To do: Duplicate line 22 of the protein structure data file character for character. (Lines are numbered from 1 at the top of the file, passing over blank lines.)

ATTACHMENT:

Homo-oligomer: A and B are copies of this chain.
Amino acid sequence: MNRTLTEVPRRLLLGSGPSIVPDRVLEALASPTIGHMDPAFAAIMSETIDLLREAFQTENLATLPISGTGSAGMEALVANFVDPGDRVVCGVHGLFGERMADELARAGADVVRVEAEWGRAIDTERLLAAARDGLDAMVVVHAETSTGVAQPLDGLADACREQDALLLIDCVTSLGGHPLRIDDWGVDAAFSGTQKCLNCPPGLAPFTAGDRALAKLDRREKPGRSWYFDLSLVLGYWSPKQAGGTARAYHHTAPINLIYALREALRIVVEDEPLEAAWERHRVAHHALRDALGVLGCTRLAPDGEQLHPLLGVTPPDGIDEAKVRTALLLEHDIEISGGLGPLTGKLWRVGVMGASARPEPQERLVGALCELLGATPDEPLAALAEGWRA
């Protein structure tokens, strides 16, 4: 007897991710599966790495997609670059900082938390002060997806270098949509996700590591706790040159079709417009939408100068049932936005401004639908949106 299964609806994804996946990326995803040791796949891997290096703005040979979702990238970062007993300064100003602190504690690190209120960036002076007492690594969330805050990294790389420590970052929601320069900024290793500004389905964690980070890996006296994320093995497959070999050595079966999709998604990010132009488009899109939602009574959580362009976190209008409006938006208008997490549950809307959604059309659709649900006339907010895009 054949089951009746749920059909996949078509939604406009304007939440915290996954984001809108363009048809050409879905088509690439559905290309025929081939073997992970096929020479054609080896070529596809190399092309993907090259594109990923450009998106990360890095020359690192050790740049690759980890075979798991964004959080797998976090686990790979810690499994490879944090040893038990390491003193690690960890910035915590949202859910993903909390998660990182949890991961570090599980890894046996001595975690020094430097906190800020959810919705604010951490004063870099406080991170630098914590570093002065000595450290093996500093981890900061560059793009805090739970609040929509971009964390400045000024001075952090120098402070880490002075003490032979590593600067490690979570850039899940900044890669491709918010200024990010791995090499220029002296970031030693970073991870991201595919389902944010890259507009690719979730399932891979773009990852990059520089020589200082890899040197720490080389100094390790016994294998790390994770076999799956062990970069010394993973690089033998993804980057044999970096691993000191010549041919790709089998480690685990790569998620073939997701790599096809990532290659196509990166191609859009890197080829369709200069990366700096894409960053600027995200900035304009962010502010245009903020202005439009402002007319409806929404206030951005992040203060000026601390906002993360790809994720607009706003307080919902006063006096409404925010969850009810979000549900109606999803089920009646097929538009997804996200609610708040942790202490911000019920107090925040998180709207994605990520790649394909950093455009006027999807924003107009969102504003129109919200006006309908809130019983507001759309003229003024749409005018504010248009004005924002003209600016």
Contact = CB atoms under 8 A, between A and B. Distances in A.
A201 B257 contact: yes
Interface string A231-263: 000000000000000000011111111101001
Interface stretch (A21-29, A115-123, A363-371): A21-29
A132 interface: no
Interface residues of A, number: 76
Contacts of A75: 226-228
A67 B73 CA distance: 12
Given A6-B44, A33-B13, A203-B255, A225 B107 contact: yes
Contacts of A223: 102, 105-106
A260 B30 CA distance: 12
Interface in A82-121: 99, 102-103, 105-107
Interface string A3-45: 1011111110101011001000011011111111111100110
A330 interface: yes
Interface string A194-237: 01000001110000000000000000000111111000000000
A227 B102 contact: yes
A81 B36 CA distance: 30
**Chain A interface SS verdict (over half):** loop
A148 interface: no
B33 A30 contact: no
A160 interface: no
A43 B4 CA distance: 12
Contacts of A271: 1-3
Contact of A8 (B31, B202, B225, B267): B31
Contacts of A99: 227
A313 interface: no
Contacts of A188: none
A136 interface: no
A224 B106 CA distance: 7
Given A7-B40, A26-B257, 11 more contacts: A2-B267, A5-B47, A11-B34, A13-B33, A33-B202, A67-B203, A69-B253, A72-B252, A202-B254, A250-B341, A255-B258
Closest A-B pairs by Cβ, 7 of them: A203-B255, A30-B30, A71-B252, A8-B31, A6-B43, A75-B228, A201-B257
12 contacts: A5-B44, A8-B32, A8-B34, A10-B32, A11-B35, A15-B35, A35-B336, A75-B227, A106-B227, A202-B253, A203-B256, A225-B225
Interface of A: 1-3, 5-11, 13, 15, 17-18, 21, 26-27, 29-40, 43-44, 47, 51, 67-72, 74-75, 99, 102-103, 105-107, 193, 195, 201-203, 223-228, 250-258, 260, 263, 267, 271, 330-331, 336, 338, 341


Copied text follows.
A148 interface: no